Although the play is a romantic comedy centred around love and passion, many of the characters spend a lot of time miserable, acting irrationally or frequently confused; like the characters in Barker’s tale. While love ultimately triumphs at the end, it drives some characters almost mad.
The first lines of the play uttered by Duke Orsino—possibly some of Shakespeare’s most famous and most often quoted—and referenced in the story are:
“If music be the food of love, play on,
Give me excess of it; that, surfeiting,
The appetite may sicken and so die…”
Orsino, suffering from unrequited love, asks to be stuffed so full of it that he loses his appetite for it. Yet in “Sex, Death and Starshine,” it seems perhaps the opposite may be true, that an outpouring of love for theatre and music might somehow satiate those players who are already dead and have given their lives to the arts. Constantia, dead before she was twenty, becomes “alive” on the stage as if the part were made for her only. A spell is cast and the actors’ mortal status (or otherwise) is no longer relevant. All that matters is the play. As Lichfield looks on it becomes apparent, They were equals, the living and the dead, and nobody could find just cause to part them.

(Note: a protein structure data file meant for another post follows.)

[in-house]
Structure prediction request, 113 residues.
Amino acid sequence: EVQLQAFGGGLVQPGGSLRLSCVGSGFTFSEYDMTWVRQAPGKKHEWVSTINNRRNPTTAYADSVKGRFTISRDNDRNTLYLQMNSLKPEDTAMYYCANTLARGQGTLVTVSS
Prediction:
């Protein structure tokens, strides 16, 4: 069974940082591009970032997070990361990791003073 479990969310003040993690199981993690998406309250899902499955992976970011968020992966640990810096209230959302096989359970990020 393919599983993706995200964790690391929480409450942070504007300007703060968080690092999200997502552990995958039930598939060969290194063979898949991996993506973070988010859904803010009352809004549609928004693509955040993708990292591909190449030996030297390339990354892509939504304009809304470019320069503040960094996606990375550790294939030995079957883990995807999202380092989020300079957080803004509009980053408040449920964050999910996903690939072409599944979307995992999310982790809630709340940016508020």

What of all the sex in the story? Is it added merely to shock or titillate? I would argue, yes, that’s definitely a part of it, but also Calloway and Diane’s actions say a great deal about their true character. Their affair is based on lust and carnal desires rather than love and tenderness. Older than her, and married (like she is) Calloway suspects that even during intercourse Diane is simply acting a part. Their connection is purely physical, their illicit relationship made far more interesting by being forbidden. But both of them know the other is replaceable, and they are merely using each other as a stepladder to greater, brighter things. It is in stark contrast to Lichfield’s relationship with Constantia. While copulation is apparently impossible given their bodily decay, they are connected through the strength of romance and true devotion. Genuine soulmates, even after their death.